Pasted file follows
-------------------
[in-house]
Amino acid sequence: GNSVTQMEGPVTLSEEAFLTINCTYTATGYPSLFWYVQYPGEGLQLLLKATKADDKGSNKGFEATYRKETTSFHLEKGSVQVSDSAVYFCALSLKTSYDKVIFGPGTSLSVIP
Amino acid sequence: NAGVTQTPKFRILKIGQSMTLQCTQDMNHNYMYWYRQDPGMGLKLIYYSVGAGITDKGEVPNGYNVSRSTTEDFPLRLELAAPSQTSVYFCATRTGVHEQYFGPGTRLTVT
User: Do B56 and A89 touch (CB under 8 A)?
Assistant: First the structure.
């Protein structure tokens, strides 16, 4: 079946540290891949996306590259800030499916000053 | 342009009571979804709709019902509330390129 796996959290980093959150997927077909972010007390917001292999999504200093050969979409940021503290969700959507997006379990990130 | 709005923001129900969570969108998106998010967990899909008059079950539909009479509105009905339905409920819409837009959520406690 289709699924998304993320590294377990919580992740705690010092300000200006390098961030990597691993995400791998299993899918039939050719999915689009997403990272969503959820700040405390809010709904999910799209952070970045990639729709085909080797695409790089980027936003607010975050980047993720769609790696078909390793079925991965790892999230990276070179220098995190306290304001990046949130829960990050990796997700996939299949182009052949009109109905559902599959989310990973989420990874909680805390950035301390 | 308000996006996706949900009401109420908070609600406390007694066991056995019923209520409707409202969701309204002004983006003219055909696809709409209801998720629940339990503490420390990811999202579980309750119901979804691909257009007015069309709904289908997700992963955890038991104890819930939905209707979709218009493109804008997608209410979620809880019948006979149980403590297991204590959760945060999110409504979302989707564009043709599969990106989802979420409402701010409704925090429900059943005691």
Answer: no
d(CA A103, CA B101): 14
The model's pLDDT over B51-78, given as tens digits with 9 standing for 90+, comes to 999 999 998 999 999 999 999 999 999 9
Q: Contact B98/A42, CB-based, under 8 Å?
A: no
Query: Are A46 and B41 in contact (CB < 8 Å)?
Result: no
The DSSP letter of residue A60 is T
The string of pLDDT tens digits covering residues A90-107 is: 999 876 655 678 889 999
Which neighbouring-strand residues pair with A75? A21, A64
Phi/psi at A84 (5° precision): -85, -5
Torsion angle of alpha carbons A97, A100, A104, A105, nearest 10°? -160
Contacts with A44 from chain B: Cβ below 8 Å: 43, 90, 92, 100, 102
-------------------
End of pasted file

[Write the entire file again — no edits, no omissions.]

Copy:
[in-house]
Amino acid sequence: GNSVTQMEGPVTLSEEAFLTINCTYTATGYPSLFWYVQYPGEGLQLLLKATKADDKGSNKGFEATYRKETTSFHLEKGSVQVSDSAVYFCALSLKTSYDKVIFGPGTSLSVIP
Amino acid sequence: NAGVTQTPKFRILKIGQSMTLQCTQDMNHNYMYWYRQDPGMGLKLIYYSVGAGITDKGEVPNGYNVSRSTTEDFPLRLELAAPSQTSVYFCATRTGVHEQYFGPGTRLTVT
User: Do B56 and A89 touch (CB under 8 A)?
Assistant: First the structure.
């Protein structure tokens, strides 16, 4: 079946540290891949996306590259800030499916000053 | 342009009571979804709709019902509330390129 796996959290980093959150997927077909972010007390917001292999999504200093050969979409940021503290969700959507997006379990990130 | 709005923001129900969570969108998106998010967990899909008059079950539909009479509105009905339905409920819409837009959520406690 289709699924998304993320590294377990919580992740705690010092300000200006390098961030990597691993995400791998299993899918039939050719999915689009997403990272969503959820700040405390809010709904999910799209952070970045990639729709085909080797695409790089980027936003607010975050980047993720769609790696078909390793079925991965790892999230990276070179220098995190306290304001990046949130829960990050990796997700996939299949182009052949009109109905559902599959989310990973989420990874909680805390950035301390 | 308000996006996706949900009401109420908070609600406390007694066991056995019923209520409707409202969701309204002004983006003219055909696809709409209801998720629940339990503490420390990811999202579980309750119901979804691909257009007015069309709904289908997700992963955890038991104890819930939905209707979709218009493109804008997608209410979620809880019948006979149980403590297991204590959760945060999110409504979302989707564009043709599969990106989802979420409402701010409704925090429900059943005691």
Answer: no
d(CA A103, CA B101): 14
The model's pLDDT over B51-78, given as tens digits with 9 standing for 90+, comes to 999 999 998 999 999 999 999 999 999 9
Q: Contact B98/A42, CB-based, under 8 Å?
A: no
Query: Are A46 and B41 in contact (CB < 8 Å)?
Result: no
The DSSP letter of residue A60 is T
The string of pLDDT tens digits covering residues A90-107 is: 999 876 655 678 889 999
Which neighbouring-strand residues pair with A75? A21, A64
Phi/psi at A84 (5° precision): -85, -5
Torsion angle of alpha carbons A97, A100, A104, A105, nearest 10°? -160
Contacts with A44 from chain B: Cβ below 8 Å: 43, 90, 92, 100, 102